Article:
Ancient history

Bonaparte Lucien

Prince of Canino (Ajaccio, May 21, 1775 - Viterbo, June 29, 1840).

Lucien Bonaparte, (born Luciano Buonaparte, Ajaccio, March 21, 1775, - Viterbo, June 29, 1840), Prince of Canino and Musignano, was the second of Napoleon Bonaparte's brothers. Son of Charles-Marie Bonaparte and Maria-Létizia Ramolino. He had twelve children from his second marriage including:Pierre Bonaparte (1815-1881), Charles-Lucien Bonaparte (1803-1857) Prince of Canino and Louis Lucien Bonaparte.


Like all Bonaparte boys, he studied on the continent, in Autun, then in Brienne where he met his illustrious brother. But he renounces the career of arms for that of the church and enters the seminary of Aix-en-Provence. Back in Corsica, he continued on this path when the French Revolution turned his life upside down. He was 15 years old and was enthusiastic about new ideas, he became Pascal Paoli's private secretary, but in 1793, on the death of Louis XVI, Lucien, who had become a Jacobin, fell out with Paoli and hatched a plot against him which failed and which causes the banishment from Corsica of the entire Bonaparte family. He took refuge in Saint-Maximin, where he married Christine Boyer, the daughter of his innkeeper, in 1794. Jacobin (he took the name Brutus, in homage to the character from ancient Rome who assassinated Julius Caesar to "save the of Robespierre, he was the victim of repression when the latter fell and was imprisoned for a time. Thanks to his brother who had become a general, he obtained a position as war commissioner in the Northern army once the turmoil in Thermidor subsided.

Political life

He comes to Paris, frequents Barras, the rise in power of Napoleon is favorable to him. He began a political career in the wake of his brother but wanted to devote himself to his region of origin. Deputy to the Council of Five Hundred for Corsica in 1798, he was its president on the day of 18 Brumaire and had with Sieyès actively prepared the coup d'etat but derived little profit from it.

As a deputy, he was a member of the commission responsible for proposing a repressive law against press offences, a historical antecedent to the freedom of the press, said press being, at the time, placed under police surveillance by the law of 19 Fructidor of the year V.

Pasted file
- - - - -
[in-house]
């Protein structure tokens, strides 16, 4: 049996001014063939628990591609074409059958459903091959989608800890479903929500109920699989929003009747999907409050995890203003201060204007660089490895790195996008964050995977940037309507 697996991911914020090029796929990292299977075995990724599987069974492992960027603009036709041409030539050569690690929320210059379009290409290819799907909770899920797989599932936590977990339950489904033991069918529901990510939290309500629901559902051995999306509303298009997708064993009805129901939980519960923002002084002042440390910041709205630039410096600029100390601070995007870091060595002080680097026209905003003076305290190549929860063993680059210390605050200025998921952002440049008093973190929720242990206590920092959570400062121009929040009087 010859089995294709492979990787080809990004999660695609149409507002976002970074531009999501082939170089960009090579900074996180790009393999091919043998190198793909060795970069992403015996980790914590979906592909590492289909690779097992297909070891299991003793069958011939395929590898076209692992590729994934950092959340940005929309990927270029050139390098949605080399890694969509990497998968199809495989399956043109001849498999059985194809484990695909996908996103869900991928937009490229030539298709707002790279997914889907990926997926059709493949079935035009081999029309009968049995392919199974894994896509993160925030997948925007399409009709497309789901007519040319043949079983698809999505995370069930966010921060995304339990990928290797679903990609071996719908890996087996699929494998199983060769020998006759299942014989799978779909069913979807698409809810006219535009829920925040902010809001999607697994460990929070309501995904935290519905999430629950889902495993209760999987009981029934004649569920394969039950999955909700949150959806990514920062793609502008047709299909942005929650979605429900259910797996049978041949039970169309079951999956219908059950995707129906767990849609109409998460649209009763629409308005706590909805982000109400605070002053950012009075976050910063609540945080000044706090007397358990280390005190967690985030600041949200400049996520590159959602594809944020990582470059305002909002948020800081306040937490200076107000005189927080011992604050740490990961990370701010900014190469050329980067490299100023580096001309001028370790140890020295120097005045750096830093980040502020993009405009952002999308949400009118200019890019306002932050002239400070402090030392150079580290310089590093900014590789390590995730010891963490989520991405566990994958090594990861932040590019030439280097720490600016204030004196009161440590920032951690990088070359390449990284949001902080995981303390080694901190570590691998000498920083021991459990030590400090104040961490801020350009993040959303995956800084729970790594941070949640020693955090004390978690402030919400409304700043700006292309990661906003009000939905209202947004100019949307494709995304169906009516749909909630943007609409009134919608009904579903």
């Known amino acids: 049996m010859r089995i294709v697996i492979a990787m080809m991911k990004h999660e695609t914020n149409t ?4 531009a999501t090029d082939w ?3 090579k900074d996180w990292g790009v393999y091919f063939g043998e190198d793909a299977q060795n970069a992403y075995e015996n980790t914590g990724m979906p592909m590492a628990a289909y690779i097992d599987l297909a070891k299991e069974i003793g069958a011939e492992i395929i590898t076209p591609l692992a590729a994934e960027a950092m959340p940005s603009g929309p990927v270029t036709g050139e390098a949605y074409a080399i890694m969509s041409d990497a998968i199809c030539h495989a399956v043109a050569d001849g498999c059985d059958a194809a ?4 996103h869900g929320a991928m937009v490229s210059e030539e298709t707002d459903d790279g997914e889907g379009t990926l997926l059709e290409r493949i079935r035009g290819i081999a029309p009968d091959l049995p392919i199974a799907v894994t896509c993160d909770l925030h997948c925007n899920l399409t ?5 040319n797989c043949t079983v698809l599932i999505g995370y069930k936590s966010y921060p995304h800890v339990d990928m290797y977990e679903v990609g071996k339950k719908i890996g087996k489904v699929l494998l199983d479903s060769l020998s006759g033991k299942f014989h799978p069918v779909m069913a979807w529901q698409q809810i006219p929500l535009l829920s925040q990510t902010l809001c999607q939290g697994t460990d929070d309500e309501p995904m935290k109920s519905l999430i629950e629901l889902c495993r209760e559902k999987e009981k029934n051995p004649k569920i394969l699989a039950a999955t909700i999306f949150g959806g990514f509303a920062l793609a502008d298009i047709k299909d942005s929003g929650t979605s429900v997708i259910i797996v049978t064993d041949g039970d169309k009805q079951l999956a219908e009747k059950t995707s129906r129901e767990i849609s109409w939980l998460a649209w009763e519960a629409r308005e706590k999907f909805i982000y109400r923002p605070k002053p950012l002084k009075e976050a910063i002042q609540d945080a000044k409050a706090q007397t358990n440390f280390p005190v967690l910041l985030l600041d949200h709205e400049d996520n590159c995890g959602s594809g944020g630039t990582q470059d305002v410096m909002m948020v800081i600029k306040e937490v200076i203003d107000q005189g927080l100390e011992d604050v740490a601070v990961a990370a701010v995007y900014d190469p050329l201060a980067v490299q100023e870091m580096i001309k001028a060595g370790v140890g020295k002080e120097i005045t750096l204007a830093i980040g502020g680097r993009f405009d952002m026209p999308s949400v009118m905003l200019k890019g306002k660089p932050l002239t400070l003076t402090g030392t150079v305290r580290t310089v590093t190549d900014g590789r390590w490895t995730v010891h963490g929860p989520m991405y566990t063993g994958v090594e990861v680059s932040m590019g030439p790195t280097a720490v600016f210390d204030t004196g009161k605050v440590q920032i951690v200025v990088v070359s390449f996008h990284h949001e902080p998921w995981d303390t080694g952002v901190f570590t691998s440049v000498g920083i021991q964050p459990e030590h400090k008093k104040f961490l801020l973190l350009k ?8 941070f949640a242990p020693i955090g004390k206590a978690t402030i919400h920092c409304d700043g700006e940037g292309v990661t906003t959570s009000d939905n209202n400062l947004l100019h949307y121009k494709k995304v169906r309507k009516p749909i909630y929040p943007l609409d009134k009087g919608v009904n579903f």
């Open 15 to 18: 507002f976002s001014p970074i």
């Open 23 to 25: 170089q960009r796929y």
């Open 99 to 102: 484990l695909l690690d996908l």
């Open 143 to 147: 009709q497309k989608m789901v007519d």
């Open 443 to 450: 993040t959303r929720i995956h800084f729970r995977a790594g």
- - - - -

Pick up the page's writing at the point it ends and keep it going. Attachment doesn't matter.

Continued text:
He became Minister of the Interior under the Consulate from December 24, 1799, but he overshadowed the First Consul who sent him for a year as ambassador to Spain; there he made the French influence prevail against the British party and thereby regained the good graces of the First Consul, despite having received several bribes from the Spaniards and the Portuguese. Back in France, he was a member of the Tribunate in 1802 but finally, his disagreement with Napoleon made him deviate from the race for power, he however accepted a mandate as a senator.

His first wife died in childbirth in 1800, leaving him the father of two children. He remarried a widow, Alexandrine de Bleschamp, widow of M. Jouberthon, who had just given him a son in 1803, Charles Lucien, a union which provoked the fury of the future emperor and forced Lucien to leave for Rome, to retire to the Pope Pius VII, whose friendship he had won in 1801 by supporting the Concordat. In 1804, he received nothing from the honors and promotions of the imperial coronation. He settled near Viterbo in the land of Canino, which the pope erected for him into a principality. Reconciliation is not made with Napoleon, so Lucien wants to go to the United States. In 1810, it was during this crossing that he was arrested by the British and imprisoned until 1814. In exile in Rome since May 1814, he was made Prince of Canino on August 31 of that year by Pope Pius VII .

He learned in 1815 of Napoleon's return from the island of Elba and immediately decided to return to France. The emperor agrees to receive him and they reconcile. This time he was recognized as Prince of France, covered with honors and named peer of France. The final fall of Napoleon after Waterloo forced him to return to Rome, being proscribed under the Restoration. He was made Prince of Musignano on March 21, 1824 by Pope Leo XII, but he died in exile as a private individual in 1840.

Literary Achievements

At the same time, Lucien was very interested in literary life and wrote a few works himself, which earned him an armchair in 1803 at the French Academy. He was also a frequent visitor to Madame Récamier's salon. He composed two epic poems:Charlemagne and La Cyrnéïde ou la Corse savede. He had been admitted to the Institute, and was one of the first protectors of Pierre-Jean de Béranger.

The works of Lucien Bonaparte

* The Indian tribe, or Edouard and Stellina, novel, Paris 1799 (trans. in English and German)
* Charlemagne or the saved Church, epic poem in 24 songs, Paris 1815 (translated in English)
* La Cyrnéïde ou la Corse savede, 12 songs, Paris 1819
* To French citizens who are members of the electoral colleges, Le Mans 1834
* The truth about the Hundred Days, Paris 1835
* Memoirs of Lucien Bonaparte, Prince of Canino, written by himself, Paris 1836
* Memoir on Etruscan vases, Paris 1836
* 18 Brumaire, Paris 1845